Archive for the ‘State of the Park’ Category

Cracking Down on Yoga in the Park

This Week in Atlantic Cities.

In parks and open spaces in cities across the U.S. each morning, it’s easy to fine people stretching and reaching and posing in the blissful serenity of outdoor yoga. But as serene as it may seem, that downward-facing dog pose could be illegal.

Yoga or “boot camp” or any other paid fitness class taking place in a public park is a criminal activity, according to D.C. Council member Tommy Wells. He argues that these classes are making money from participants and are therefore a violation of a city law prohibiting private companies from conducting commercial activity at parks. Continue reading


Daily Adopt-A-Tree Journal

Adopt-A-Tree Journal

Ed Horner

I’m an early riser and taking 45 minutes a day to look after a couple of newly planted trees in our park, two or three times a week,  is no burden in any way.  Typically I’ll fill my two 5 gallon water jugs, put them in the back of the car, take my Garden Claw and small garden spade, work gloves and a garbage bag and drive around the corner to Dieppe.  I turn the mulch, re-form it back into a donought shape, pull any weeds, and pour in the five gallons of water.  Ten minutes tops.  I then walk around the immediate area and pick up any trash people have left behind and deposit the bag in the litter containers provided by the City.  From leaving the house, filling the water jugs, doing the work and back home for a second coffee, 30 minutes – maybe 45 if I do 3 trees.  Below is a daily journal, updated as often as I think about it.  – Ed Continue reading

Illegal Dumping

Cleanliness of city parks is a direct responsibility of the City.  It’s a tough job in a big city and the the sanitation department can use your help.

Selfish, thoughtless citizens and organizations throw tons of garbage, illegally, into parks, ravines and green spaces every day – into areas where dogs run, children play and adults go for a bit of peace and quiet – severely detracting from public enjoyment of the park.  It’s a health and safety hazard.  The Friends of Dieppe Park believe it’s a basic right to be free of the effects of illegal dumping.

When illegal dumping occurs and is reported by calling the non-emergency number 311, the City is obligated to respond.  It’s been my experience that the response time is usually “reasonable.”  Friends of Dieppe Park believe that citizens have a civic duty to phone in a complaint or observation of illegal dumping for the health and safety of all citizens.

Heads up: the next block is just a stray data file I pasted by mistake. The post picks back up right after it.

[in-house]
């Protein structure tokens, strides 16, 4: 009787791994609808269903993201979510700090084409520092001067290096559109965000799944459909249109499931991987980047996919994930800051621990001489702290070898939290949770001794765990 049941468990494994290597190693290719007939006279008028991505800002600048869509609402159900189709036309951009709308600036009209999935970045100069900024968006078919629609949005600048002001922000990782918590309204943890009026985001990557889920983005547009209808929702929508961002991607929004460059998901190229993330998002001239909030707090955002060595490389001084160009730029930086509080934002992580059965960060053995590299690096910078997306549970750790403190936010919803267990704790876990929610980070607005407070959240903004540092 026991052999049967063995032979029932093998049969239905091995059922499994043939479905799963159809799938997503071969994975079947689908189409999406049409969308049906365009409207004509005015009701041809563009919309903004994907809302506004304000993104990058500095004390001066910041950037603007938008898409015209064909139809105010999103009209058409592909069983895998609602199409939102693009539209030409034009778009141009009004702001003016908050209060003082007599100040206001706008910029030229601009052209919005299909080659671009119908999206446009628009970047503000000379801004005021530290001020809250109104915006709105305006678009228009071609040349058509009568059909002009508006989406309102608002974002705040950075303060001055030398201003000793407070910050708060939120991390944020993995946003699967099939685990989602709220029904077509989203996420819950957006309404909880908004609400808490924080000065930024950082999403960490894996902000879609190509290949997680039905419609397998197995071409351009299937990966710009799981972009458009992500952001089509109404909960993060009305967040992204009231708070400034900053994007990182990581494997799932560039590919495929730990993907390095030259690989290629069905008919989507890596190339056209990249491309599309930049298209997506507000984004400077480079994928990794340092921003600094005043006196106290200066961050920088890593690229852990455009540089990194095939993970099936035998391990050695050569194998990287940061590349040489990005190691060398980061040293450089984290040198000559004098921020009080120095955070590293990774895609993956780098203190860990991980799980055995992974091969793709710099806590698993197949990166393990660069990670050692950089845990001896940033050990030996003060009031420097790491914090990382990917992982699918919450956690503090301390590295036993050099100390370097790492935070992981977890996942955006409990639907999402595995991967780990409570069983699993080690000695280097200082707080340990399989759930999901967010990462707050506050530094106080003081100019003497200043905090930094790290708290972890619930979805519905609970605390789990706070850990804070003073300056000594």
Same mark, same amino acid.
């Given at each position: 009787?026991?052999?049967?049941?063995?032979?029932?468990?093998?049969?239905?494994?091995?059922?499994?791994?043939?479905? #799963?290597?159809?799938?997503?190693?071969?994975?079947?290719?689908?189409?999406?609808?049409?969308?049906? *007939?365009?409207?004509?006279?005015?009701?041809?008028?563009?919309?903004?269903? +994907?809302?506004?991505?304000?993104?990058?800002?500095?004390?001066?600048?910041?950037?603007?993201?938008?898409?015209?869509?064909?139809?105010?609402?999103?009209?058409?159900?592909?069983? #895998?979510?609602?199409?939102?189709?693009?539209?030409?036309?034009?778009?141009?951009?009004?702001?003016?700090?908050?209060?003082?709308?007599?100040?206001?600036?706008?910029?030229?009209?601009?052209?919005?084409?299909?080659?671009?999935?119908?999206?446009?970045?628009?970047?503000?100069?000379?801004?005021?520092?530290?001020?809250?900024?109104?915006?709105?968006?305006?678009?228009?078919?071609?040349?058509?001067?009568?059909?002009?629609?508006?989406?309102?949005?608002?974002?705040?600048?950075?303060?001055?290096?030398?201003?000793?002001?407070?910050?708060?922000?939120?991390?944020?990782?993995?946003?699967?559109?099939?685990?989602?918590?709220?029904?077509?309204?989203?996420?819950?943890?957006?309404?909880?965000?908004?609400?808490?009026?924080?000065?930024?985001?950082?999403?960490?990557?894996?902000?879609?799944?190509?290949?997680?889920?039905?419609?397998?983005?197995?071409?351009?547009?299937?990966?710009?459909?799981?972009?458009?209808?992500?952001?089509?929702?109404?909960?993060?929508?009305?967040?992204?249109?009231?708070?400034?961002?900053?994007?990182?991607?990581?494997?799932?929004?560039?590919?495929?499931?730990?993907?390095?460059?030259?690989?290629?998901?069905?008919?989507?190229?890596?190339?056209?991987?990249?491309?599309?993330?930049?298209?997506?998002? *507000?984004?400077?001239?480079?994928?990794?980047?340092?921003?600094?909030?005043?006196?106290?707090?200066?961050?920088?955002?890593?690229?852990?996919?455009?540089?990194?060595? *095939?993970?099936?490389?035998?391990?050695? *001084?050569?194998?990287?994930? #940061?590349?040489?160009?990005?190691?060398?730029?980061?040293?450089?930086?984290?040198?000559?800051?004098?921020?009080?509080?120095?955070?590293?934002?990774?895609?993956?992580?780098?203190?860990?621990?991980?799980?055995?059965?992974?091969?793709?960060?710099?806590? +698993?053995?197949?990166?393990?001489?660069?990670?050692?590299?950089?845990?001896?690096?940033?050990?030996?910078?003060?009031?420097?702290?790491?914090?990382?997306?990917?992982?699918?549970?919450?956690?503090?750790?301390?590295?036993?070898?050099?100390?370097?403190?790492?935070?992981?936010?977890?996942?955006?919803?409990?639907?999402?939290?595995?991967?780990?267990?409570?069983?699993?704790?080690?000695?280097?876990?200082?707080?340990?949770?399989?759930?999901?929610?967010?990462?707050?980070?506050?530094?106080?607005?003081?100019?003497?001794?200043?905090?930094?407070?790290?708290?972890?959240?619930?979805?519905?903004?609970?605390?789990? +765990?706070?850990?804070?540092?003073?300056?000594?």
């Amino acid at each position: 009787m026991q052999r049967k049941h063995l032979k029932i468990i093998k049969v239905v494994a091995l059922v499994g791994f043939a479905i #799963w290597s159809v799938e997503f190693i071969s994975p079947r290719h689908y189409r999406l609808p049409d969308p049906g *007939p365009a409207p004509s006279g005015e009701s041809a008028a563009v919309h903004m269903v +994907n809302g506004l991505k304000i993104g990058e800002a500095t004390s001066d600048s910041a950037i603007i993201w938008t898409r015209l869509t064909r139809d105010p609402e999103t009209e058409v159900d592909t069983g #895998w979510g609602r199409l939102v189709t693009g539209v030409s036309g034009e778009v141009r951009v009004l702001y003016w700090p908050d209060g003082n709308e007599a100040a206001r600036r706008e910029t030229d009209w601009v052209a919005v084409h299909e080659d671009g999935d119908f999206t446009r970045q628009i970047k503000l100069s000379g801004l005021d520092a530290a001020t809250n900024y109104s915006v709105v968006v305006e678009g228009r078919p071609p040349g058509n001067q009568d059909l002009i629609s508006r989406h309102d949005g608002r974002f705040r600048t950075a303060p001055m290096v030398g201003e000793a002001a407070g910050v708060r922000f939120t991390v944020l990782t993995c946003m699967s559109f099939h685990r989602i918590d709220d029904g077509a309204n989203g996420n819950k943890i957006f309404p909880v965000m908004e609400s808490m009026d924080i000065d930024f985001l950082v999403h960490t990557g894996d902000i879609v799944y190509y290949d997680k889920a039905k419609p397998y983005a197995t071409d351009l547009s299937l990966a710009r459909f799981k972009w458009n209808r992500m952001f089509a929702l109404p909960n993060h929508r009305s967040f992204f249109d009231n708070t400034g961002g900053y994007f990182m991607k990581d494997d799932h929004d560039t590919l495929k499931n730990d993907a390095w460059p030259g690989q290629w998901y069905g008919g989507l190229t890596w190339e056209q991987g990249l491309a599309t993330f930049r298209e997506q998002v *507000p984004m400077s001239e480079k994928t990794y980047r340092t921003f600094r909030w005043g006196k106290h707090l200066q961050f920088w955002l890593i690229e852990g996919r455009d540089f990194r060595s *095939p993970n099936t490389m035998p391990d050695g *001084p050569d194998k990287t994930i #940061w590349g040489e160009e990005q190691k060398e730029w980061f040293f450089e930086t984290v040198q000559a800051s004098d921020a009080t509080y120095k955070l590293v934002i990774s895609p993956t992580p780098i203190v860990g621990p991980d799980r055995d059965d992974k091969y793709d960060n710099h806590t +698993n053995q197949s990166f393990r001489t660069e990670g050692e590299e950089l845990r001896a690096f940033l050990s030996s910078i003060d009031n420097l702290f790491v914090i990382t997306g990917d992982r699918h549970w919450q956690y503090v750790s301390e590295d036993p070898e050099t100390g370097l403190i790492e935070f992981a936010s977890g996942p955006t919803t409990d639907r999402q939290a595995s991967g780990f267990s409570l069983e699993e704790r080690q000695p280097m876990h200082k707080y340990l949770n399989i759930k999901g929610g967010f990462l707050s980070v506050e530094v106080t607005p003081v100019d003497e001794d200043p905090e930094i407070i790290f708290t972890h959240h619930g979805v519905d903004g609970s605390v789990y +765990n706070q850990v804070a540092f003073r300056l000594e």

When that call is made – yes, you can call without giving your name – the City is now aware of the problem and is obligated to take action.  Moreover, the incident is tracked and becomes part of an ongoing record of problem areas and resources can be better channeled to deal with ongoing illegal dumping.

After a call to 311, you can also call the office of your local councilor and make them aware of the situation for their own records and possible future action.  If you don’t know the name and number of your councilor, you can ask during your 311 call.

When you call about illegal dumping, it’s very helpful if you can describe or list the type of material dumped.  For example, if it’s a refrigerator, stove or car, that would require different pickup equipment and personnel than say a few bags of household rubbish.  Often, the operator will give you a confirmation or case number that you can use to track and follow up on the report.  Be persistent and call back if no action is taken within a reasonable time.

If you observe an act of illegal dumping FODP suggests that you:

  •  Ensure your own safety, and those you are responsible for, first and foremost
  • Note time, date and place
  • Observe the vehicle
  • Do not make your presence known
  • Do not touch the material dumped
  • Report the vehicle, not the individual
  • Record license plate number, vehicle description
  • Call the non-emergency number 311

You can also report overflowing public garbage cans, which can be just as much as a health hazard, using the 311 number.

As a matter of public safety, you may also want to report standing water in parks and green areas.  This is important from April to August as this is prime mosquito breeding time and concerns about West Nile Virus, while often overblown, are not without basis.  The Toronto Public Health (TPH) and Municipal Licensing and Standards (MLS) have developed a joint West Nile Virus response protocol and are obliged to act.

For a complete listing of services offered through the 311 number, go to the City of Toronto Website.

Contacting 311

  • Phone within Toronto city limits: 311
  • Phone outside city limits: 416-392-CITY (2489)
    (can be used within Toronto if you can’t reach 311)
  • TTY customers: 416-338-0TTY (0889)
  • Fax: 416-338-0685
  • E-mail:

 – Article courtesy of Ed Horner, Feb 2012 – FODP

Dieppe Park Field House and Facility Improvements

Dear Councilor Fragedakis;

On behalf of Friends of Dieppe Park, I just wanted to add a few things or make minor changes on the written comments I left at the artificial ice rink (A.I.R.) presentation on Thursday evening. There’s a lot of stuff here and a few of them may require a little more discussion, but it’s a start. Continue reading

Upgrade to A.I.R. and facilities in the works for Dieppe Park

The Artificial Ice Rink (AIR) and related facilities at Dieppe Park have fallen on hard times.  Built in 1974, the facility is now close to 40 years old and it’s showing.  The City, lead by the spirited Ward 29 Councilor Mary Fragedakis was out last night at the old facility, charts and drawings in hand, so offer us a new vision of what the AIR could be.  Continue reading

Park Stroll

Short stroll through the park on June 2, 2012, after the major wind and rain storm the previous day.  Not too much damage done, just a few smaller branches